Saturday, August 30, 2014

The limits to human job displacement

David Autor, arguably the leading academic tracking the technology and other structural shifts induced changes in the labor market, presented an interesting paper at the recently concluded Kansas Fed's annual Jackson Hole meeting. The paper talked about the recent trend of the displacement of middle-paying jobs by computers.
He invokes Karl Polanyi's famous paradox ("we know more than we can tell" - the tacit knowledge of how the world works often exceeds our explicit understanding) to argue that the challenges to substituting machines for workers by computerizing every day tasks (especially those that require adapatability, common sense, and creativity) are possibly insurmountable. He argues that the trend of automation of "middle-skill" jobs is not likely to continue to its logical climax,
While many middle skill tasks are susceptible to automation, many middle skill jobs demand a mixture of tasks from across the skill spectrum... Why are these middle skill jobs likely to persist and, potentially, to grow? My conjecture is that many of the tasks currently bundled into these jobs cannot readily be unbundled - with machines performing the middle skill tasks and workers performing the residual - without a substantial drop in quality... routine and non-­routine tasks will generally coexist within an occupation to the degree that they are complements - that is, the quality of the service improves when the worker combines technical expertise and human flexibility. 
This reasoning suggests that many of the middle skill jobs that persist in the future will combine routine technical tasks with the set of non-routine tasks in which workers hold comparative advantage - interpersonal interaction, flexibility, adaptability and problem-solving. Medical support occupations are one leading example of this virtuous combination, but this example is not a singularity. This broad description also fits numerous skilled trade and repair occupations - plumbers, builders, electricians, HVAC installers, automotive technicians - marketing occupations, and even modern clerical occupations that provide co-ordination and decision-making functions rather than simply typing and filing.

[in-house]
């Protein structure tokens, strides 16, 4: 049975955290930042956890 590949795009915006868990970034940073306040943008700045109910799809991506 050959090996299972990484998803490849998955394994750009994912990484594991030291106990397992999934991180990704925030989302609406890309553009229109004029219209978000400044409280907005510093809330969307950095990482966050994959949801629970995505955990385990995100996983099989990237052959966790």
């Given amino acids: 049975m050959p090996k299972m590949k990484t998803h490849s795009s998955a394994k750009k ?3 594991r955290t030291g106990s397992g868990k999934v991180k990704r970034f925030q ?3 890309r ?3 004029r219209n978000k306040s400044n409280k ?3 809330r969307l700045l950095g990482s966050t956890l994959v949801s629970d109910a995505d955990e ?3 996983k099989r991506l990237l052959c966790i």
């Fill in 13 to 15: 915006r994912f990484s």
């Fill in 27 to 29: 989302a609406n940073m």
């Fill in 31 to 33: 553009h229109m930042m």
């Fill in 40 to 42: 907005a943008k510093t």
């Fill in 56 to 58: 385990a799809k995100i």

He also argues that the strategy of "machine learning" - "applying statistics and inductive reasoning to supply best guess answers in cases where formal procedural rules are unknown" (or exposure, training, and reinforcement, by stuffing data and using inductive logic) - to overcome Polanyi's Paradox may not be successful. Such machine learning by using a large training database, while useful to recognize features and images, cannot work when the object (say, chair) is also determined by other traits like its potential use (say, a traffic cone) or its location (say, a toilet seat).

However, as FT Alphaville writes, quoting the example of driverless cars, such predictions about the future have limited value given the uncertainties involved.

Update 1 (2/9/2014)
NYT has this article which explains the failure of robots to match humans with perception and mobility, the Moravec Paradox. It highlights the latest research in haptics, study of sensations of touch, and kinematics, study of motion control in jointed bodies.

Update 2 (26/11/2014)

A study by Carl Benedikt Frey and Michael Osborne that examined the potential impact of computerization on 702 occupations in the US found,
We examine expected impacts of future computerisation on US labour market outcomes, with the primary objective of analysing the number of jobs at risk and the relationship between an occupation’s probability of computerisation, wages and educational attainment. According to our estimates, about 47 percent of total US employment is at risk. We further provide evidence that wages and educational attainment exhibit a strong negative relationship with an occupation’s probability of computerisation.
This graphic captures the potential for computerization (and the resultant probability of displacement) among different occupation categories in the US in 2010.
Update 3 (20/12/2014)

Times has another report on the emergence of robots in many areas. It highlights the examples of Botlr, a hotel bellhop robot, Sedasys, a computer assisted sedation system or anaesthesiologist, Thai Delicious, a Thai food taster, and Kinect assisted devices. 

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